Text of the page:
There are two things about the horrible crime in Charleston that I can’t shake just yet.
The first is a witness’s report that the killer spent nearly an hour among his future victims as they held a Bible study and prayer meeting before he began to open fire. We don’t know exactly what they said, but if it was anything like my experiences, it was an hour of lamentation and exhortation, of asking forgiveness and offering praise, of the pain but also the hope we have in this life.
To sit through as much, and still to pull out the weapon and aim it at another human being and pull the trigger, and to aim again and pull the trigger again, and again, and again, and again, and again, and again, and again, and again — it brings to mind the Bible’s description of one whose heart has become calloused, who hardly hears with his ears and has closed his eyes.
The second is a realization that this Father’s Day will be dramatically different for two girls who lost their daddy Wednesday night, and for the man whose son did the killing.
Nine people died in the ambush at Emanuel AME Church, each one precious to friends and family and we who mourn with them. But what hits me hardest is the thought of those two girls waking up Sunday morning and, instead of making a Father’s Day breakfast in bed for their dad, the Rev. Clementa Pinckney, facing a void that stretches from their home to the church where he served and died, and beyond, for the rest of their lives.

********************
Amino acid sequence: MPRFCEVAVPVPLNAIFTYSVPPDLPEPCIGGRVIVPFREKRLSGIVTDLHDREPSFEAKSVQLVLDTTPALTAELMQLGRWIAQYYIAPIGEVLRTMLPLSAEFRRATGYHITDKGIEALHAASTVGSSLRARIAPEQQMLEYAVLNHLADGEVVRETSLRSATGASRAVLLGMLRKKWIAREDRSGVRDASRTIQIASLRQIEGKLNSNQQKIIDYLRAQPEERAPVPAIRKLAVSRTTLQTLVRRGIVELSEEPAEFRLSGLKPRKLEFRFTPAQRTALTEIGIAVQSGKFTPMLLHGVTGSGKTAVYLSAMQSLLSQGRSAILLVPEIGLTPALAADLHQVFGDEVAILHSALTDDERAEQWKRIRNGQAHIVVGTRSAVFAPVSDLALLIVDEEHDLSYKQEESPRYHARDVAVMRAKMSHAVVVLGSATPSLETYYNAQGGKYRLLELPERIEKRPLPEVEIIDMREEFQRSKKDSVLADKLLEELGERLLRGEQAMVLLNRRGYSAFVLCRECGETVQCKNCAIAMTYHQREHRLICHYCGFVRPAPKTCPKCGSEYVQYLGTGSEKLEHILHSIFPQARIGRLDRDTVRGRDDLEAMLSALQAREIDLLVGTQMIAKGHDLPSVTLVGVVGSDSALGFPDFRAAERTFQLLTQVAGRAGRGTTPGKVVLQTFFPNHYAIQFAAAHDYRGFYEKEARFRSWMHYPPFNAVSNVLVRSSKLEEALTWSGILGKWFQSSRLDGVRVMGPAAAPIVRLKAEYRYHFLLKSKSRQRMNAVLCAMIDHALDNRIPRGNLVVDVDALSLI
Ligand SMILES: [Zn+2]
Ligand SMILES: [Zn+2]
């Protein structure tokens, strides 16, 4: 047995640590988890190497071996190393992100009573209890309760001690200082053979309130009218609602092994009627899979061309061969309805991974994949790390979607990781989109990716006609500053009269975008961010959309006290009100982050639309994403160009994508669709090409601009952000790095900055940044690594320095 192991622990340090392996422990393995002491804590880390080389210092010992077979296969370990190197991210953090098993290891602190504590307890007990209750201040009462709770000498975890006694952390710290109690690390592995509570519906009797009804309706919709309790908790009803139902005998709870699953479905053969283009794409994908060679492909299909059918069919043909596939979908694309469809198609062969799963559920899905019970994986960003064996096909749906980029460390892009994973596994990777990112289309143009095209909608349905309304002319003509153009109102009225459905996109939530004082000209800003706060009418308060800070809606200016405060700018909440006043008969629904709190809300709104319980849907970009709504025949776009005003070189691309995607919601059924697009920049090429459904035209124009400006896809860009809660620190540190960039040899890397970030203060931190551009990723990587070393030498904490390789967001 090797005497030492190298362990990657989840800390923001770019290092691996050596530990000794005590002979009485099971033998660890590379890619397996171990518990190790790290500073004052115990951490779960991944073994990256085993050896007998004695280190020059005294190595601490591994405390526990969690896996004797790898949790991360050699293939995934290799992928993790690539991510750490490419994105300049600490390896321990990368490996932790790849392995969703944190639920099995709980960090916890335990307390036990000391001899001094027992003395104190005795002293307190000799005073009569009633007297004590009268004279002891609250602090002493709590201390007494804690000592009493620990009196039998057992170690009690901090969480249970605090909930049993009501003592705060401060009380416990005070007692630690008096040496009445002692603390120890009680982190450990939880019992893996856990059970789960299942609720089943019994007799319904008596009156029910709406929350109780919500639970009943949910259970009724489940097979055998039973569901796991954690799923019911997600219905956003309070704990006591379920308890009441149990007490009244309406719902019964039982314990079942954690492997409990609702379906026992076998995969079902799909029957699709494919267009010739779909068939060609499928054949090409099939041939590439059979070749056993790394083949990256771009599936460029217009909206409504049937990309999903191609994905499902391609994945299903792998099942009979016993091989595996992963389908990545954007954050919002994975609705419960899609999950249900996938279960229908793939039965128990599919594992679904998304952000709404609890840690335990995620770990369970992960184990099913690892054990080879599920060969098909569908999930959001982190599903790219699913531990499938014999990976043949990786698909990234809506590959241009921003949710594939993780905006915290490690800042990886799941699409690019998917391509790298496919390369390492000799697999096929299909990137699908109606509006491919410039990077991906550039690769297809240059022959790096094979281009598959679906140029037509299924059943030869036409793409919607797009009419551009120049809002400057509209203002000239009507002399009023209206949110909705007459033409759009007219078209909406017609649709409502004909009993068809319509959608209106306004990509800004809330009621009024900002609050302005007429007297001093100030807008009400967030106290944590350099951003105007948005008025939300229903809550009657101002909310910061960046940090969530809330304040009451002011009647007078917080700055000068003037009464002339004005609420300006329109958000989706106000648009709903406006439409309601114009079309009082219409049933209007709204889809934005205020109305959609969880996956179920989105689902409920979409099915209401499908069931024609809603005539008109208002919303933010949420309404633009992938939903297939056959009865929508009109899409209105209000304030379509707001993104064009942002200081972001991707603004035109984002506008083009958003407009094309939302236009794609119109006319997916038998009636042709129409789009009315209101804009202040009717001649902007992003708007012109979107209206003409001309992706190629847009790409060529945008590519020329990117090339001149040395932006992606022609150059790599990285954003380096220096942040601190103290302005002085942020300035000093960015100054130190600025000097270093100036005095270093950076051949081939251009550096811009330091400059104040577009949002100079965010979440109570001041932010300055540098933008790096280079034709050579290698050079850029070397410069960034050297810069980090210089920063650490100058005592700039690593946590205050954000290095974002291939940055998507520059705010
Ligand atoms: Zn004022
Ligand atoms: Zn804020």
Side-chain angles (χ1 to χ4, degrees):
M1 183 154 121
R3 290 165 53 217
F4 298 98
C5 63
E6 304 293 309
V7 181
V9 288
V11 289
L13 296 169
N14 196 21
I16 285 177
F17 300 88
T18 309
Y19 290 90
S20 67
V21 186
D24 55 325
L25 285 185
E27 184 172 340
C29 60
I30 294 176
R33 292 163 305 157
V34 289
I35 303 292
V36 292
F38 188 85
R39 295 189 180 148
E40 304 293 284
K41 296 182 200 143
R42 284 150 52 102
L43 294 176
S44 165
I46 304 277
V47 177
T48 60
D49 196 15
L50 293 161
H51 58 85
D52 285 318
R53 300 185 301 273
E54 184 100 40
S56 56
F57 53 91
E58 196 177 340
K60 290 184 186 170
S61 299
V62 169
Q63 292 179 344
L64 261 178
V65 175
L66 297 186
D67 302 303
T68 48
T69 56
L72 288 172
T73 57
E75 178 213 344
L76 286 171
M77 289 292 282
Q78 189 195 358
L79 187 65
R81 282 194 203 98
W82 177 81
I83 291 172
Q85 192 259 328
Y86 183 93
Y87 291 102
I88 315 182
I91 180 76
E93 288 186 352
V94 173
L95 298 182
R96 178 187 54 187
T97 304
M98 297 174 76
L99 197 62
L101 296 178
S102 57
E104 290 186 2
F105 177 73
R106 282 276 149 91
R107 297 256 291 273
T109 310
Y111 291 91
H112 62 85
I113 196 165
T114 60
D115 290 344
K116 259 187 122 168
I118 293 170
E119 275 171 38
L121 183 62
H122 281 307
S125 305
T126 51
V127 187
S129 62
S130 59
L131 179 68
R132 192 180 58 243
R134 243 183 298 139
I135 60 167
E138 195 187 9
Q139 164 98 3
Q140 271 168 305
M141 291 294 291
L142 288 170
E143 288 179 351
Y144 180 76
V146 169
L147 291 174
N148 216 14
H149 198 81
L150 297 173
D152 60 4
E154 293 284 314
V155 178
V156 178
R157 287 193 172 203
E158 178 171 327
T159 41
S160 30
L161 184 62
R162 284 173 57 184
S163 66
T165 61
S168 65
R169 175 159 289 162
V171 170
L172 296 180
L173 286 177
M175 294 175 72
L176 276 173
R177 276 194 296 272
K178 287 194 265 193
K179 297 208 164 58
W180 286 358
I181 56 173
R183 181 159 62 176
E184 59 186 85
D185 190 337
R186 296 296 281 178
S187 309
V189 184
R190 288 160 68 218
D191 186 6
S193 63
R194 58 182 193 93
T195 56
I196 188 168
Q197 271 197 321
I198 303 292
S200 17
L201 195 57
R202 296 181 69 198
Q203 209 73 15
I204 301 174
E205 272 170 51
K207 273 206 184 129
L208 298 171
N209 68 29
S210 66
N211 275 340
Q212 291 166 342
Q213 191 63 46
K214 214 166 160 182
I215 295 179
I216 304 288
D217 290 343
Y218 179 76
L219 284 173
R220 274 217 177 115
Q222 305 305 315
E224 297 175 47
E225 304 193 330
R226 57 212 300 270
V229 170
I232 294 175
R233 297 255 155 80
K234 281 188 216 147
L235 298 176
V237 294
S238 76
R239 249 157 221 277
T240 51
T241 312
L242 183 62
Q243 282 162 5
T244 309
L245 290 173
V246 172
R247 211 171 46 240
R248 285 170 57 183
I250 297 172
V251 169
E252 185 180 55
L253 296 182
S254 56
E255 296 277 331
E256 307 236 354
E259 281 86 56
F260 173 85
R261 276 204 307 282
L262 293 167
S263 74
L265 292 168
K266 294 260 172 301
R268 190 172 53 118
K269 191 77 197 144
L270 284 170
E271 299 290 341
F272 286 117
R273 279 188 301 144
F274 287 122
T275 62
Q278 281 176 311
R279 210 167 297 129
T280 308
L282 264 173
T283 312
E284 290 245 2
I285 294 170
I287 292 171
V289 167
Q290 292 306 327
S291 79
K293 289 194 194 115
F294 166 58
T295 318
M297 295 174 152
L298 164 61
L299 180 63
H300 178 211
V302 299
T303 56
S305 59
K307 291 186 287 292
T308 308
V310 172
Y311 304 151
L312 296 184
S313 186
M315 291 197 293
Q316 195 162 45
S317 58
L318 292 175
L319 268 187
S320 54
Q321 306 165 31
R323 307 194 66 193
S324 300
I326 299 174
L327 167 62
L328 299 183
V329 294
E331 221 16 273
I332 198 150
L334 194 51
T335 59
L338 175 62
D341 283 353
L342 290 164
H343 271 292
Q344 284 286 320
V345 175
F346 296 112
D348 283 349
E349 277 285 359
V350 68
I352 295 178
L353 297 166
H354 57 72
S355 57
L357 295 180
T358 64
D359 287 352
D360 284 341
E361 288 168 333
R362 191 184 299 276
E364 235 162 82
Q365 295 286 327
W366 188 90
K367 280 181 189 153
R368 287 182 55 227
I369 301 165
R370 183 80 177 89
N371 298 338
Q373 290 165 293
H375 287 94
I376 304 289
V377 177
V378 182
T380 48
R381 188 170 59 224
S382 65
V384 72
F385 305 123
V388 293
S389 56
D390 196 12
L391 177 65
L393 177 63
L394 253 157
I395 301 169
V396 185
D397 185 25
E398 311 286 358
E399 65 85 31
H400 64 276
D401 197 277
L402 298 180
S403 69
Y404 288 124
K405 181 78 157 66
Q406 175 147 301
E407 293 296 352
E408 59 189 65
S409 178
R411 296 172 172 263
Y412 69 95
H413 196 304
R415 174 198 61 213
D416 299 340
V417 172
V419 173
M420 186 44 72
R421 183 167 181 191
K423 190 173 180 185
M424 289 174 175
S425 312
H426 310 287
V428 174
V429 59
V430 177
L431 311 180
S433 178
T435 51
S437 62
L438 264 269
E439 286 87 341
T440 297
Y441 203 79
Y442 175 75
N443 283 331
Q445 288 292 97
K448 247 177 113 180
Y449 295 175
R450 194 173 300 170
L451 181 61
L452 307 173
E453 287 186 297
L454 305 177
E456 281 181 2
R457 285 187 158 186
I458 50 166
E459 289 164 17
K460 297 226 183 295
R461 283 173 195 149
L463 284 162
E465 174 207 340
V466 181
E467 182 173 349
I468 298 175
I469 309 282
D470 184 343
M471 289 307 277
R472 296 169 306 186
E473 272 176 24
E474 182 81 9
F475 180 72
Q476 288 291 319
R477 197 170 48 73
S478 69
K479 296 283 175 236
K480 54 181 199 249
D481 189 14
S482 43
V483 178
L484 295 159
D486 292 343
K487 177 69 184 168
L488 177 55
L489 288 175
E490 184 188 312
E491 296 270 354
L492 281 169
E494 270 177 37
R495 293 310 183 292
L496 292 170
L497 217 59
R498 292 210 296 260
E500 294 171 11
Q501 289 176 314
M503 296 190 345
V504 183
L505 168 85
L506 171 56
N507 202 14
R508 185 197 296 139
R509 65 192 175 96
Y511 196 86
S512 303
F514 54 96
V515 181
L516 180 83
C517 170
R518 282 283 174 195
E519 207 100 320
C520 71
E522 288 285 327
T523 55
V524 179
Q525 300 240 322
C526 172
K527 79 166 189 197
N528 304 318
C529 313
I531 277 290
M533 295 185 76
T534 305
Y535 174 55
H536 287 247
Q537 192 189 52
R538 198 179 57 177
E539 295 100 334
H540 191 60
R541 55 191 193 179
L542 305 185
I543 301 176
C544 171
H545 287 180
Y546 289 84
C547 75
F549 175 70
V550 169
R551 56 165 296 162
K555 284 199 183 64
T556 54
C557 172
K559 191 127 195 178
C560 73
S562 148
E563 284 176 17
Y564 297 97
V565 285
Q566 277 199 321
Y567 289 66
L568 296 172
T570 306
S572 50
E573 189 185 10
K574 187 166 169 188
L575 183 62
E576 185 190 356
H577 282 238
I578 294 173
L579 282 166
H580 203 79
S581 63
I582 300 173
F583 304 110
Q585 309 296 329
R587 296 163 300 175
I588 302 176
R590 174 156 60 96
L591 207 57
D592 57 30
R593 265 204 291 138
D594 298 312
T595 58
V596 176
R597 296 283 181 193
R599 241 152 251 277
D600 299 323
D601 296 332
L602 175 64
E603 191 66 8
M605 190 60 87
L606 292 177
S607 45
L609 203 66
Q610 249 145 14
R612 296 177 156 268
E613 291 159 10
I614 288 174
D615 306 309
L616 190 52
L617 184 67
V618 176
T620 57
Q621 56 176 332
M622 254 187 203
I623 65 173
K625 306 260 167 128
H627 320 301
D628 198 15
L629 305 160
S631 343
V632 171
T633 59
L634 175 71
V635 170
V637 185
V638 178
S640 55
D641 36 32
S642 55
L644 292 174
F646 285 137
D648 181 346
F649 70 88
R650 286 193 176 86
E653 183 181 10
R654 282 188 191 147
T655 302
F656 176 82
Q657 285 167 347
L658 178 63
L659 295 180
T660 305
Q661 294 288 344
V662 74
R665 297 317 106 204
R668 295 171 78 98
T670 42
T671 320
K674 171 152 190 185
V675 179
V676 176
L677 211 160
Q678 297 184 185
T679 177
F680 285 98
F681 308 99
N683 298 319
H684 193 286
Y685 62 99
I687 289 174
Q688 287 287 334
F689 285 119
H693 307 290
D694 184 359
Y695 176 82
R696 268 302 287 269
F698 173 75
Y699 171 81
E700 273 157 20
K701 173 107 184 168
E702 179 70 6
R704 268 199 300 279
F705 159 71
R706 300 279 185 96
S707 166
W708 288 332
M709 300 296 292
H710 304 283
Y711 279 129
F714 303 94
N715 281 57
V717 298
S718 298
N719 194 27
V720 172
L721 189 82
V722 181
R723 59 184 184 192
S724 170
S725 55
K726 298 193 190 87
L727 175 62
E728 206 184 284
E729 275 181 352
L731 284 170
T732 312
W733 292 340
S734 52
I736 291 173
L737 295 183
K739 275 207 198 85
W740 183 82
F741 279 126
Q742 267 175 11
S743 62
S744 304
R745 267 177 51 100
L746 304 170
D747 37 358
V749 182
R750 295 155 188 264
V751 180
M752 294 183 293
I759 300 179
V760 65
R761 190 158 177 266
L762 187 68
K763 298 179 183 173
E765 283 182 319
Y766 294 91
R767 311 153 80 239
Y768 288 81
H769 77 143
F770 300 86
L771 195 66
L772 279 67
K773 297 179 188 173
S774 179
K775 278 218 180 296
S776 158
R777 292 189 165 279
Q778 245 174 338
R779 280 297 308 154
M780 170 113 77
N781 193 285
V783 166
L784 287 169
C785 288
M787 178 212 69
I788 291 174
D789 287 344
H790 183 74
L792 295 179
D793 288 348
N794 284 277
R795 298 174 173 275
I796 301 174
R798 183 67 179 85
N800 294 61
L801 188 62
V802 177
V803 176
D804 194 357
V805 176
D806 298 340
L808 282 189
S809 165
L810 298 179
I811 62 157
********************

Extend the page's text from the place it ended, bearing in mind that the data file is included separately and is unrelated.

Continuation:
It’s the thought of his dying at the hands of another man’s son, who in relatively short order regressed from high-school dropout to small-time criminal to dabbler in white supremacy to accused mass murderer. And it’s the thoughts his parents must be having today about what they did wrong, as in Lionel Shriver’s chilling novel “We Need to Talk About Kevin.”
This will be my seventh Father’s Day on the receiving end of a Hallmark card, and my sons aren’t yet old enough to have heard about what happened in Charleston.
So they aren’t yet asking why something like this happens, and whether we’ll be safe Sunday morning in our own church, and what makes a kid in America start wearing the flags of apartheid regimes in Africa that ended before he was born.
And I don’t yet have to tell them about the evil in our world, a broken place with a broken human race: an evil that we can’t keep behind bars or end with a lethal injection, an evil we can’t legislate away by banning this kind of weapon or that kind of speech, an evil that infects and disrespects all races, colors and creeds.
I don’t yet have to tell them, with a gulp, that we’ll be just fine Sunday morning, and next Sunday too.
I don’t yet have to tell them that the way we respond to evil far away from us is with more kindness and love toward those near us, that we will know hurt in this world but believe in a God who will deliver us to another place where we’ll know only joy.
Instead, I think I’ll just hug them, and think of Charleston, and squeeze them a little tighter.